Stabbing simulator returns.
Developer: Ubisoft Montreal
Platforms: Microsoft Windows (reviewed), MacOS
Available on: Steam
It’s been a few years since I’ve played the original Assassin’s Creed. I initially wanted to play through the entire series up that point and I already had purchased the original, II, Brotherhood and Revelations. But after the first one, I felt severely underwhelmed by what I saw. I initially already started playing the second one but at some point, after around 7 hours I simply lost interest and quit the game entirely.
In any case, I decided to revisit it again and start from square one with the campaign, which basically picks up immediately after the last one ends with an escape from Abstergo. The entire framing device really doesn’t serve anything here, just like it did in the first game. So what if Abstergo is run by Templars? I still have nothing telling me that either of these two groups are worth supporting, because in the end, the Assassins make Desmond do the exact same thing the Templars did, which is reliving the memories of an ancestor, which this time turns out to be an Italian.
Now since I’m half Italian and also able to speak the language, I can tell you that the English voice-acting for this game most certainly wasn’t recorded by Italians who happen to know English, but by Americans who sometimes happen to have an Italian name doing their best impression of what they think Italians might sound like if they’d speak English. Because holy shit does nothing in this game sound good. There are like 12 different pronunciations of the name “Medici” in this game and none are correct. I had to cringe every time they chose to record entire lines of dialogue in Italian because it sounded so unbearably fake. Seriously guys, if you want me to take your “This game was made by a bunch of people from all over the world to prove that we’re not racist, honest”-bullshit seriously, at least hire proper Italians to do the Italian voice-acting.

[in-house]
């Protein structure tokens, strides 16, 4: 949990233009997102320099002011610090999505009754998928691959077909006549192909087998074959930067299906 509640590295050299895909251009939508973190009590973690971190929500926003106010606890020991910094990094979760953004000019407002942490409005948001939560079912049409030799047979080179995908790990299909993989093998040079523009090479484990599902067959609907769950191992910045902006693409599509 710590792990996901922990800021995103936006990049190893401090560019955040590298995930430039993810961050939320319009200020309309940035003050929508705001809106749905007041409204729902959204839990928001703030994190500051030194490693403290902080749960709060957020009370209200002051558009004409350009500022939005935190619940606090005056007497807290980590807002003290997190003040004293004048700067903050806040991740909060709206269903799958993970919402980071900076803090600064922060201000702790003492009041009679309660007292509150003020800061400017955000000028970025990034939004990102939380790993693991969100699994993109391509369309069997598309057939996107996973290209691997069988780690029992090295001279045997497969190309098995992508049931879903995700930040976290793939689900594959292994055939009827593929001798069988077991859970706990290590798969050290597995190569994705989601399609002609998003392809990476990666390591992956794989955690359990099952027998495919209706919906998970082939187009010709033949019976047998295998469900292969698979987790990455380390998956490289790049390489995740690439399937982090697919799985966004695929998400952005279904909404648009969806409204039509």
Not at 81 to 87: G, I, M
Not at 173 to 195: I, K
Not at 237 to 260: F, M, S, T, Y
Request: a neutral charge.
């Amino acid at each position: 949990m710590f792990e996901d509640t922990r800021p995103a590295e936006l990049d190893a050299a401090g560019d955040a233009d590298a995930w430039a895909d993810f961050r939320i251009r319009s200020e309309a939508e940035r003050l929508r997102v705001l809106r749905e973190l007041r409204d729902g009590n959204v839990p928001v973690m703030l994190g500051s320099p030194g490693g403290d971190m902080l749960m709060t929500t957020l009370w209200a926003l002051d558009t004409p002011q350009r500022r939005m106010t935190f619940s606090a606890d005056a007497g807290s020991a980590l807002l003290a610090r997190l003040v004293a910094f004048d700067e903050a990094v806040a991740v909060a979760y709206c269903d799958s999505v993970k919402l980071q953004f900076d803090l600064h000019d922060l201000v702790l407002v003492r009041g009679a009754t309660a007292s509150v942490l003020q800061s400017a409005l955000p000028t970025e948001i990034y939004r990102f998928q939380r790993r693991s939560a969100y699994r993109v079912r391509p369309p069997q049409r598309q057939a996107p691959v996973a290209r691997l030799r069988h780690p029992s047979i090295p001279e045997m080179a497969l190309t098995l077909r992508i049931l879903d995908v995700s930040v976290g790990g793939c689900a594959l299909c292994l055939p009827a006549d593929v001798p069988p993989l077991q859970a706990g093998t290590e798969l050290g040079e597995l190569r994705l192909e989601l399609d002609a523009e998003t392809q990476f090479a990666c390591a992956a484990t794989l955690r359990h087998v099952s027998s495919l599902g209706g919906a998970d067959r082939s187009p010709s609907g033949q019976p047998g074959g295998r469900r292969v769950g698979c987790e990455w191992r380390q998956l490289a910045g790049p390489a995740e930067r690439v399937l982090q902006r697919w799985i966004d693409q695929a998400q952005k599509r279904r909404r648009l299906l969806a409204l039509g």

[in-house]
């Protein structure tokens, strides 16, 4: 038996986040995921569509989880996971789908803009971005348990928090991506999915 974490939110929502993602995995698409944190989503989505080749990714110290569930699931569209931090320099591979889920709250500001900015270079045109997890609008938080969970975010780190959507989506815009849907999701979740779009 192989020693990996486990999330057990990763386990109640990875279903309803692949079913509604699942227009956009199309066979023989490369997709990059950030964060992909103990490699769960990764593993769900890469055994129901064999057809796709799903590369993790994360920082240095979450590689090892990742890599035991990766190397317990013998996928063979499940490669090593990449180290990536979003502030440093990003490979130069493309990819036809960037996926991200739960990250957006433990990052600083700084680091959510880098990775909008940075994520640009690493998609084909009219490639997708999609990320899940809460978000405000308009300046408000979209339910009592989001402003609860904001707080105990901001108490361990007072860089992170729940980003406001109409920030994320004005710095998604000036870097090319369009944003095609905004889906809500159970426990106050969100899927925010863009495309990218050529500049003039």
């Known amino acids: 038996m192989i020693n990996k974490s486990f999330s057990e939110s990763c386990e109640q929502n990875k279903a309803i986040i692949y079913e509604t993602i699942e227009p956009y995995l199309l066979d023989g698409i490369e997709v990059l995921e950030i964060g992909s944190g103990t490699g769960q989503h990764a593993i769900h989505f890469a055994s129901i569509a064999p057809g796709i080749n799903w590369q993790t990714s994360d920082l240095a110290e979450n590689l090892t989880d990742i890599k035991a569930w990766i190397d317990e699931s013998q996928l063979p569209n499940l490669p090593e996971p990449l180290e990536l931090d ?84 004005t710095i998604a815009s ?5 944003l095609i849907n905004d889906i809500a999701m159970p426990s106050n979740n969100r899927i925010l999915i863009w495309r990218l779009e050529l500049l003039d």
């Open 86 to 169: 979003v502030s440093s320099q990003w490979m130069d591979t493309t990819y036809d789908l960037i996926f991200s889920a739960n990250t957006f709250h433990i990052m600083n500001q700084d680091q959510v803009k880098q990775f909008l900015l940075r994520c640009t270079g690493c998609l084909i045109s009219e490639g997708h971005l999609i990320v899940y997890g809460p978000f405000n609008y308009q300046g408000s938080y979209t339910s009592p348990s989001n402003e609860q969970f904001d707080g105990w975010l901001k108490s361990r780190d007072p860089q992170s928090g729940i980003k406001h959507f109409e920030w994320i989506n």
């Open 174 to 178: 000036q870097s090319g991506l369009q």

The gameplay is largely unchanged from the original, which means that I won’t be talking at length here. Suffice it to say that the combat is still reliant entirely only the parry mechanic and as such poses absolutely no challenge to the player and gets boring really fucking fast. The parkour is a carbon copy of the original as well, warts and all. It can still be quite annoying to steer Ezio around, because abso-fucking-lutely everything in this world is contextually interactable and the engine exhibits some indecision at times where you end up doing stuff you never intended.
The mission design is more interesting than previously, since you’re no longer required to do the same missions over and over again to advance the story. Although you do end up doing similar things in most missions, they’re at least structured more in a way that support the narrative itself. There still are certain repeated missions like beating up unfaithful husbands, running around as a courier or the assassination targets but overall, it’s better streamlined than the original.
What I did like overall were the Assassin tombs, since for the most part they’re platforming challenges and thus make the most out of the Parkour system. It’s a little patronizing with the game showing you what route to take and there also being no possible ways you can deviate from the main path, but at least it was a little break from the monotony that’s the regular climbing and fighting.
With this more streamlined approach to missions, it also means that the pacing of the narrative changes. The result unfortunately isn’t all that good. There’s an incredible amount of exposition that gets delivered and even at that, it’s not enough to inform the player about everything in this world, which is why there’s an entire database with background information about these characters. But I could forgive that if the overall pacing of the game were to hold up well. You can already guess that I don’t think it does. At least not over the entire game. I would’ve thought that the way the story is told between Florence, Montereggioni and parts of Tuscany would’ve made for a pretty decent tale that doesn’t outstay its welcome. You get to know the main cast of Templars, are given proper reasons to dislike them and you then proceed to hunt them down.